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P3.310 Can MSM Attendees of a Municipal STD Clinic Serve as a Representative Sample For Behavioural Surveillance of HIV Practises and Risks?
  1. T Q Nguyen,
  2. T Ick,
  3. S Cohen,
  4. S Philip,
  5. K T Bernstein,
  6. H F Raymond
  1. San Francisco Department of Public Health, San Francisco, CA, United States

Abstract

Background The US National HIV Behavioral Surveillance (NHBS) system conducts venue-based sampling every three years of men who ever had a male sexual partner (i.e., men who have sex with men–MSM). In San Francisco, MSM attendees of the municipal STD clinic might serve as a proxy population during non-survey years.

Abstract P3.310 Table 1

Methods We compared select questions from the 510 participants of the NHBS MSM-San Francisco survey (07/21–12/19/2011) to similar measures from 1807 MSM who visited the San Francisco City Clinic (SFCC) during the same time period. One visit was randomly selected among clients who had multiple SFCC visits during the study period. We compared the two groups’ demographics and HIV/STD-related history. Data were self-reported except SFCC STD history, which was laboratory-confirmed.

Results SFCC clients were more likely to be younger, non-white, un-insured, and self-identify as straight. NHBS participants were more likely to report a lifetime history of injection drug use and 12-month non-injection drug use of cocaine, crack, poppers, and erectile dysfunction medications. Methamphetamine use was not statistically different. Approximately 44% of both samples reported ≥ 6 male partners in the past year. The two groups did not differ on history of HIV testing, HIV-positive status, current HAART use among known HIV positives, or PEP use in the past year among HIV negatives. Self-reported syphilis or chlamydia was less likely among NHBS participants than laboratory-confirmed diagnoses among SFCC clients; gonorrhoea positivity did not differ statistically.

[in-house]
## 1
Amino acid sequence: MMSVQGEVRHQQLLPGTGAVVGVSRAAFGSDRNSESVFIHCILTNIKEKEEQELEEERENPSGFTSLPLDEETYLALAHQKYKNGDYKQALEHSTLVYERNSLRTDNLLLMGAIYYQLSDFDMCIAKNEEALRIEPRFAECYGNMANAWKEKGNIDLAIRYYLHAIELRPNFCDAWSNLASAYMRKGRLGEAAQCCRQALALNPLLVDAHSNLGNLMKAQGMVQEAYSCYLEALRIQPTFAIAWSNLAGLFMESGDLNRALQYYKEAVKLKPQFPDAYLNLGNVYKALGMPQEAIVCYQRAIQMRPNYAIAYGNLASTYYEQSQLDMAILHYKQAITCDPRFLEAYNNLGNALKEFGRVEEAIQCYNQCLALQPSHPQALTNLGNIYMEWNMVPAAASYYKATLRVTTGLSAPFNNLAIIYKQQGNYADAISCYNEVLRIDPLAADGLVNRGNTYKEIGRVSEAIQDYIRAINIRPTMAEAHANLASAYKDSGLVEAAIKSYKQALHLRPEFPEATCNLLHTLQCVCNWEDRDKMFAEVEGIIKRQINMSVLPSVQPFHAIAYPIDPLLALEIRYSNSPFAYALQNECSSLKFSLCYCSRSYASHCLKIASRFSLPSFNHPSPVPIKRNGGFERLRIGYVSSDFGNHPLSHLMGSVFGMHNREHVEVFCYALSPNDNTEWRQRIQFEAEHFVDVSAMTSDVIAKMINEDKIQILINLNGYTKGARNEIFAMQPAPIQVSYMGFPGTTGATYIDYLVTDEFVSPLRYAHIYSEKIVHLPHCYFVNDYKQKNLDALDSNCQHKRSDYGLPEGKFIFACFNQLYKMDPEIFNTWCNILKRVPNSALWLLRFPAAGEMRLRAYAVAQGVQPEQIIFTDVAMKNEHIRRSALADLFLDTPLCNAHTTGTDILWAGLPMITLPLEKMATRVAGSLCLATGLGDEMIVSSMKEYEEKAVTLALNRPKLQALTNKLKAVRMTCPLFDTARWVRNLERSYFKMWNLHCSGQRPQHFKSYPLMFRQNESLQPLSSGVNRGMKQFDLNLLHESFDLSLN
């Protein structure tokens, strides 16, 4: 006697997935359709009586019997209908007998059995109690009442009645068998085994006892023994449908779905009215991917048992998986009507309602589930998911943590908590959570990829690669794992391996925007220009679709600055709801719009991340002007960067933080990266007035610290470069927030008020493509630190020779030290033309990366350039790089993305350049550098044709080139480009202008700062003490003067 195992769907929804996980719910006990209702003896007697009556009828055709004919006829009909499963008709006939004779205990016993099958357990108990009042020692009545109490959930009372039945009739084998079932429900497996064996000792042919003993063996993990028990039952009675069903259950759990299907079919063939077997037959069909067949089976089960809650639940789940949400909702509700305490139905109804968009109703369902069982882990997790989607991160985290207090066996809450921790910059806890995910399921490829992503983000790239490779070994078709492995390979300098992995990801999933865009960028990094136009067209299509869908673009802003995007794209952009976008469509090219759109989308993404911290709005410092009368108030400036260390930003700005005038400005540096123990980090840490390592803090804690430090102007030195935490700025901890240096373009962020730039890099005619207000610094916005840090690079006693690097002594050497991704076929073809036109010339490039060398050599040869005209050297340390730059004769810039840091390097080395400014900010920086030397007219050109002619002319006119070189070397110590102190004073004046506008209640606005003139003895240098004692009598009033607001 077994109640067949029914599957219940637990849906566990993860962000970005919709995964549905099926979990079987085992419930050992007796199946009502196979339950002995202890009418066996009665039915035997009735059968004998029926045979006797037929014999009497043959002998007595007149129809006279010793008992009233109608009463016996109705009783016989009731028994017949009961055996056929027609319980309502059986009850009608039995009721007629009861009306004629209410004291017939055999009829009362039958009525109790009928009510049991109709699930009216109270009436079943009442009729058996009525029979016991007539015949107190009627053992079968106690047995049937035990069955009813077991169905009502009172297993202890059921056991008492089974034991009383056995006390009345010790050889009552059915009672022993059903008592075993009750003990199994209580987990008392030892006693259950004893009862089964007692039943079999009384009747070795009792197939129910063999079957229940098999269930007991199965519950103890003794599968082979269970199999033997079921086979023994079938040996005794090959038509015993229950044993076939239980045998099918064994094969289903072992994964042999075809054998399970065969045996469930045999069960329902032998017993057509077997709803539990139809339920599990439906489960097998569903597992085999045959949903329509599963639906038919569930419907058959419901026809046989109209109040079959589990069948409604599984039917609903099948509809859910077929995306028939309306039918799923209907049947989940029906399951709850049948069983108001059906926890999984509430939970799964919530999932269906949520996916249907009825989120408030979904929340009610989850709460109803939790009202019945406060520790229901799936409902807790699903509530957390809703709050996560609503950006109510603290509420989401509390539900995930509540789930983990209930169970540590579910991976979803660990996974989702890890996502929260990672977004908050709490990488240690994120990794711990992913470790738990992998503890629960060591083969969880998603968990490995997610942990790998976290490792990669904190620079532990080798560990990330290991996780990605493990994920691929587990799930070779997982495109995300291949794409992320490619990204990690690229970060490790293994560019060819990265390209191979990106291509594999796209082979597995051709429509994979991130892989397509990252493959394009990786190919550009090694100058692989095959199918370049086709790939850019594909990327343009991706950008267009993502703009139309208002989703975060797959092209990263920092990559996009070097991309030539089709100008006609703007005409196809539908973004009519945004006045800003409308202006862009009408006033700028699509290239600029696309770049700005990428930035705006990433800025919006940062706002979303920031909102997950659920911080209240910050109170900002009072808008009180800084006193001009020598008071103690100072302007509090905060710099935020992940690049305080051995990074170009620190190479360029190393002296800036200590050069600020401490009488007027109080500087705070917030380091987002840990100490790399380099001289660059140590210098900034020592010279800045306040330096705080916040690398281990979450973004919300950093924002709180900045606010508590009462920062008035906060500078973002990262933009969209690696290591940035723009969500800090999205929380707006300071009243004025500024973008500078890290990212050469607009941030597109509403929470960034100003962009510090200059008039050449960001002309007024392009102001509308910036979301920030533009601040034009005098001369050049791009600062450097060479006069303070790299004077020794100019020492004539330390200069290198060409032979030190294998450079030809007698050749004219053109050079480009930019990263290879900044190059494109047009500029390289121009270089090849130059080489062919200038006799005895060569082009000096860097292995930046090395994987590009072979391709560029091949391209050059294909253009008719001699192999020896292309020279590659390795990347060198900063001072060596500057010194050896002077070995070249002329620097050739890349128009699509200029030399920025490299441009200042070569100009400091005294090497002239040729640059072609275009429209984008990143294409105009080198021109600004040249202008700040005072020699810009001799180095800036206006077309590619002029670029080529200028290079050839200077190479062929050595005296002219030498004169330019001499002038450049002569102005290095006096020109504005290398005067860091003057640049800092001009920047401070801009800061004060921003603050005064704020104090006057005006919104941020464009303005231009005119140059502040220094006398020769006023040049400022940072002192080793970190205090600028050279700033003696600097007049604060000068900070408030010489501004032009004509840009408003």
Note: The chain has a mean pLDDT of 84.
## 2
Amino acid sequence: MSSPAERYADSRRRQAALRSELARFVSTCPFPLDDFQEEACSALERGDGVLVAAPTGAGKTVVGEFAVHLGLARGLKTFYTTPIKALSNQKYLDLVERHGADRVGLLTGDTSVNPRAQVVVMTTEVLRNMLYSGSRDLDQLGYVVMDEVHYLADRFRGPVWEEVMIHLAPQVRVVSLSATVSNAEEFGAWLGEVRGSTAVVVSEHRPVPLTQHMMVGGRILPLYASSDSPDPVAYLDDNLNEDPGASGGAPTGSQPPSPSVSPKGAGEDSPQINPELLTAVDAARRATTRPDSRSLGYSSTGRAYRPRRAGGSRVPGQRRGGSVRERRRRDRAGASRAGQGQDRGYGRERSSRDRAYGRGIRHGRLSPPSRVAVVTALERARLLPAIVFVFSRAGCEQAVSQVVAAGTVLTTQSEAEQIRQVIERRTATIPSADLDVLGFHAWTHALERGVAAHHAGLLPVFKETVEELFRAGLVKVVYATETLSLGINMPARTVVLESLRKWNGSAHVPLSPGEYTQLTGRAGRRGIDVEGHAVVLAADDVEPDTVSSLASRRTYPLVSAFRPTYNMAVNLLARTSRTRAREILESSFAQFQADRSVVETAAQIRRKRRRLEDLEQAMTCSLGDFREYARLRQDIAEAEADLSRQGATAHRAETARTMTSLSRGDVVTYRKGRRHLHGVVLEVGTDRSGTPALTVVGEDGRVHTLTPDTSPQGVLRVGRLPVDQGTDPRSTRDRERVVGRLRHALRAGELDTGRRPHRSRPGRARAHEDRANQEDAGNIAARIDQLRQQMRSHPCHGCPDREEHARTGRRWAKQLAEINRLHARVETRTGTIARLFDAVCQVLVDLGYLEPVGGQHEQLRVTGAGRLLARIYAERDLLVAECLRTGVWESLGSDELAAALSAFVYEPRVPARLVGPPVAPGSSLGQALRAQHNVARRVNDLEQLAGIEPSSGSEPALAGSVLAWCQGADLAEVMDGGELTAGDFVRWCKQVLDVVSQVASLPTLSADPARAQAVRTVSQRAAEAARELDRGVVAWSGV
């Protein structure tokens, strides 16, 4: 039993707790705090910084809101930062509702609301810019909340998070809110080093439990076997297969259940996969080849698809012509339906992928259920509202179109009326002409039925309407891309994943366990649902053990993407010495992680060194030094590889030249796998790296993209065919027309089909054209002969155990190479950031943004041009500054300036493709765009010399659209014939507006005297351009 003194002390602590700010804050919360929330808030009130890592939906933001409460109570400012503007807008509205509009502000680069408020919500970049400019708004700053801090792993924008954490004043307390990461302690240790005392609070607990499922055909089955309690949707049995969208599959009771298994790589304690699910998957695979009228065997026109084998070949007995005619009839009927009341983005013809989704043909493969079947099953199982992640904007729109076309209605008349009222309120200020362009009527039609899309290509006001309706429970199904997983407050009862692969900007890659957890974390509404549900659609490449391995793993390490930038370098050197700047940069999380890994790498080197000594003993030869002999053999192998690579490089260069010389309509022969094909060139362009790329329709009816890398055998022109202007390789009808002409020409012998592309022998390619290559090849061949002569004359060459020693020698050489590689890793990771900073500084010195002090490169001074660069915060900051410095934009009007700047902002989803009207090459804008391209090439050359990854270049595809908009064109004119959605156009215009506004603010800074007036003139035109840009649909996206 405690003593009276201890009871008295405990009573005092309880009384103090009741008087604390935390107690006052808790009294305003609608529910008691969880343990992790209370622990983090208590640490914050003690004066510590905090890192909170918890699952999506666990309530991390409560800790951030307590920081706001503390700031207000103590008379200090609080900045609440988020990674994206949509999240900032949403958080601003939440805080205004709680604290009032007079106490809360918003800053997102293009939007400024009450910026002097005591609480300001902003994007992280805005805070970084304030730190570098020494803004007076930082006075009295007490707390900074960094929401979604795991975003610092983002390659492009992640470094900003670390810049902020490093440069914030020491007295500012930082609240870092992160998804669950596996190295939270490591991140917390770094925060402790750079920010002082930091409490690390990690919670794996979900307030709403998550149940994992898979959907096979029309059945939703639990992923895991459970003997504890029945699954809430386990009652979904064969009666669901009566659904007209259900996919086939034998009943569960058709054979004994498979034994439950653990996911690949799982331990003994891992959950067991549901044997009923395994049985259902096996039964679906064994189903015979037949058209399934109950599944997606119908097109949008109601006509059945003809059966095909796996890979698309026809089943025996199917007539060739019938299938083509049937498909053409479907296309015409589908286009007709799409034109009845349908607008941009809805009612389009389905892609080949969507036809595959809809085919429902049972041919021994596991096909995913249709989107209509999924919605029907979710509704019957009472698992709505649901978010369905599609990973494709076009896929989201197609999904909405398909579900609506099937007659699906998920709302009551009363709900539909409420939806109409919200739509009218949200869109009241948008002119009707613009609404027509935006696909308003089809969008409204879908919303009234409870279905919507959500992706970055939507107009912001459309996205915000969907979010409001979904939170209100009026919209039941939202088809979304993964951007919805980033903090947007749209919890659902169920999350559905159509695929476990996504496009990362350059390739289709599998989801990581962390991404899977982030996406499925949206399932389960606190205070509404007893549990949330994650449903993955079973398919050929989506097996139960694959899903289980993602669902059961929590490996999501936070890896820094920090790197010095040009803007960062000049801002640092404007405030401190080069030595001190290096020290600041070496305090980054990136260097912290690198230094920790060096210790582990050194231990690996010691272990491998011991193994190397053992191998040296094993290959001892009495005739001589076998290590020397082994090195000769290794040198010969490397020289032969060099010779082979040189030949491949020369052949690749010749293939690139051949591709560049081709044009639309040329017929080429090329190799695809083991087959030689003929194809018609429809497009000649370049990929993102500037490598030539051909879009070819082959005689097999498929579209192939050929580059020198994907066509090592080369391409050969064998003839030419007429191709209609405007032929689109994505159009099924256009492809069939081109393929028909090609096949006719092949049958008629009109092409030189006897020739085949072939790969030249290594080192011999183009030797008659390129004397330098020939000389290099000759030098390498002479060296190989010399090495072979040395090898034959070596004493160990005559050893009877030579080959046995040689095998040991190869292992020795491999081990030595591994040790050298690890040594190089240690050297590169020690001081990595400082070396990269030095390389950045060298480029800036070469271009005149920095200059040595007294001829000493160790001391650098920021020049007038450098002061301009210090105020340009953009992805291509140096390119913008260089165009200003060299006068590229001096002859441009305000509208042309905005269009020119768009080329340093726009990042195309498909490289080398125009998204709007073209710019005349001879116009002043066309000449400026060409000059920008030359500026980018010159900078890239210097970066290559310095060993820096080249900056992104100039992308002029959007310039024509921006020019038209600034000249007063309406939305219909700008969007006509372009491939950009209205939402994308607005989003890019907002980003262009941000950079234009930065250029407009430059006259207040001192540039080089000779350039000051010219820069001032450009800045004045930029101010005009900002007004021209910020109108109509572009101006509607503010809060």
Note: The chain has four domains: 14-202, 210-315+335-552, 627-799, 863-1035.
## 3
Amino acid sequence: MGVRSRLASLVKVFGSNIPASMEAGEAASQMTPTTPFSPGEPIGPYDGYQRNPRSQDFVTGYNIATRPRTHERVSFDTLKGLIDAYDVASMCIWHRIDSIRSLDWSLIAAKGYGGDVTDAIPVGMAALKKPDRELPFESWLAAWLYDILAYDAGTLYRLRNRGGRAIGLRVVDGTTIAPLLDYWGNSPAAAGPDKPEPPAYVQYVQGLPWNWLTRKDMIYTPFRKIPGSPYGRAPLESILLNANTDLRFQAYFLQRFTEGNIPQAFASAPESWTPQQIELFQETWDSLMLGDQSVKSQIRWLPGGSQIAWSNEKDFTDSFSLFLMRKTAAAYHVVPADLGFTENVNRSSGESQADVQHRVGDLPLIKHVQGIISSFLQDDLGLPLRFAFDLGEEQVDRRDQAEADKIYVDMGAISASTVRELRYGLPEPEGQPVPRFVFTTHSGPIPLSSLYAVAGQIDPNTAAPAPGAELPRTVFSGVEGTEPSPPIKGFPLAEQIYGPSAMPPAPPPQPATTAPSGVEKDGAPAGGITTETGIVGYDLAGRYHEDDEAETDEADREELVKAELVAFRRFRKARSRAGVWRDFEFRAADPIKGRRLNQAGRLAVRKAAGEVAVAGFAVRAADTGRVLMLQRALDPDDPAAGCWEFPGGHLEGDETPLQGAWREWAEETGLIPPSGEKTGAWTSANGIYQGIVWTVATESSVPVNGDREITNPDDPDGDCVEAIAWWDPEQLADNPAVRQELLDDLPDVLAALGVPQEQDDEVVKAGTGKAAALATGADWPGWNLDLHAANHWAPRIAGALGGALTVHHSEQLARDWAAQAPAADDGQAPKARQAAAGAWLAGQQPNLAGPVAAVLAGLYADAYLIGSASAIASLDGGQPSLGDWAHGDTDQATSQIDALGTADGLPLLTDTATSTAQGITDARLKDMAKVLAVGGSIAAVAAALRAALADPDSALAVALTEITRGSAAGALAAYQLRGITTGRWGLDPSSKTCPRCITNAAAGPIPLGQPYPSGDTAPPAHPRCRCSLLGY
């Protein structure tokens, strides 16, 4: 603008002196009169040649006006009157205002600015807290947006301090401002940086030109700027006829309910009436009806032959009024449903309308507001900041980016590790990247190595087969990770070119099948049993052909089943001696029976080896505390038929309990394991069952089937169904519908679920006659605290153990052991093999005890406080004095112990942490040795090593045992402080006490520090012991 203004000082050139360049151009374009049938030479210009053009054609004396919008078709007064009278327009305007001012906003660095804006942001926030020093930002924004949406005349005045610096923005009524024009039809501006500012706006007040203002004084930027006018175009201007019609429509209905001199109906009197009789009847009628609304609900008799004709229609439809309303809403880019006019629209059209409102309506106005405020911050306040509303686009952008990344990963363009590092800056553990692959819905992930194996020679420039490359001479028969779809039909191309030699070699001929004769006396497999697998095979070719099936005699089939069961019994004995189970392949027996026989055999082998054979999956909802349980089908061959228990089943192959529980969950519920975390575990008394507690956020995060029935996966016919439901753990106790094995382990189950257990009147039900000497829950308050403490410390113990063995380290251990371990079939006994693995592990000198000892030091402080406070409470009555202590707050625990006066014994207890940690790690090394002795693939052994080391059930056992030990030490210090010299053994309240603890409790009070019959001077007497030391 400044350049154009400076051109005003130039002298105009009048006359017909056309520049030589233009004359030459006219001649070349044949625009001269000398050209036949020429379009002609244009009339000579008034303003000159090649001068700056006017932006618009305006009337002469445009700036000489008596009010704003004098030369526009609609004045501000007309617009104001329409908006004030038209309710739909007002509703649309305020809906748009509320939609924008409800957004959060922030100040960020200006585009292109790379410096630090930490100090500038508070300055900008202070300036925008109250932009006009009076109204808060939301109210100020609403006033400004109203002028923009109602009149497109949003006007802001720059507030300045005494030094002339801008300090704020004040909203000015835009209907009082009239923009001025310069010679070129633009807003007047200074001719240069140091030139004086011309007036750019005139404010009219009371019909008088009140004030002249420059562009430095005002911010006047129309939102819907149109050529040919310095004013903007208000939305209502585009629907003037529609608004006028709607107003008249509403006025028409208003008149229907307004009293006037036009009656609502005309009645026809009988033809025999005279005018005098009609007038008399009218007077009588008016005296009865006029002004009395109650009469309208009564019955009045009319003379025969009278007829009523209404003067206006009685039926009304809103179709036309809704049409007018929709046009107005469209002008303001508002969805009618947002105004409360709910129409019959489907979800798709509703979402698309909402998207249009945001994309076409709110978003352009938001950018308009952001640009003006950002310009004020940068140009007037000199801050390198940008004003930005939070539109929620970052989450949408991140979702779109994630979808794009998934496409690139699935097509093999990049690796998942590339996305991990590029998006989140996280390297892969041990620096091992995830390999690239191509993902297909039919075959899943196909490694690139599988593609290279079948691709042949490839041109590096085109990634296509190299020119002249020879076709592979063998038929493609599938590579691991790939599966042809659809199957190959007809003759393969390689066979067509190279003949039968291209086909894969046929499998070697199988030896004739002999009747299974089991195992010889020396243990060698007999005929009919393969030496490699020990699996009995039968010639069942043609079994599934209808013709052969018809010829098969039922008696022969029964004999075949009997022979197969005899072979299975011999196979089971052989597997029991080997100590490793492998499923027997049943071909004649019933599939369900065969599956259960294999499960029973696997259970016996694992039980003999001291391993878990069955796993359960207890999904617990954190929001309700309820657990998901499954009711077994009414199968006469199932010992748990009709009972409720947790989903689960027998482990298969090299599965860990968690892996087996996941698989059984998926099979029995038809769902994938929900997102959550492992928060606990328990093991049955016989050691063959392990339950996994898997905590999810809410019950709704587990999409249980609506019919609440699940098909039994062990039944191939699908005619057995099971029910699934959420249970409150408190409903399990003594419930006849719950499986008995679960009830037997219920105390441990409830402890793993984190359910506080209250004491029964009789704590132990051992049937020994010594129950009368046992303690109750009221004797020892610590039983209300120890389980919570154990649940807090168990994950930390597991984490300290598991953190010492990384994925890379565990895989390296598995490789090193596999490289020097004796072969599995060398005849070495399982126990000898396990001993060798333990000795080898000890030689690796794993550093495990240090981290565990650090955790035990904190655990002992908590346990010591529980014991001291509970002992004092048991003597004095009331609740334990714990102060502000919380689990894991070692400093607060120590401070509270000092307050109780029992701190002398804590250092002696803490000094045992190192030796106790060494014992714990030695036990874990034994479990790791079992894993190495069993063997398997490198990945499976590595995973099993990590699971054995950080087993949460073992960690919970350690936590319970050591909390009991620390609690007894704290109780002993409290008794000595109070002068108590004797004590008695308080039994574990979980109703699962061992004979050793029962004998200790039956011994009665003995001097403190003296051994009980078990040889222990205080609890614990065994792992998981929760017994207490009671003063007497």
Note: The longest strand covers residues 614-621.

Discussion NHBS and SFCC MSM similarly reported several key behavioural surveillance factors. Readily available non-survey surveillance data may be useful for monitoring trends among the San Francisco MSM population and informing policy and programmes. Future efforts should explore how STD clinic data can be used to supplement behavioural surveillance.

  • MSM
  • NHBS
  • STD Clinic

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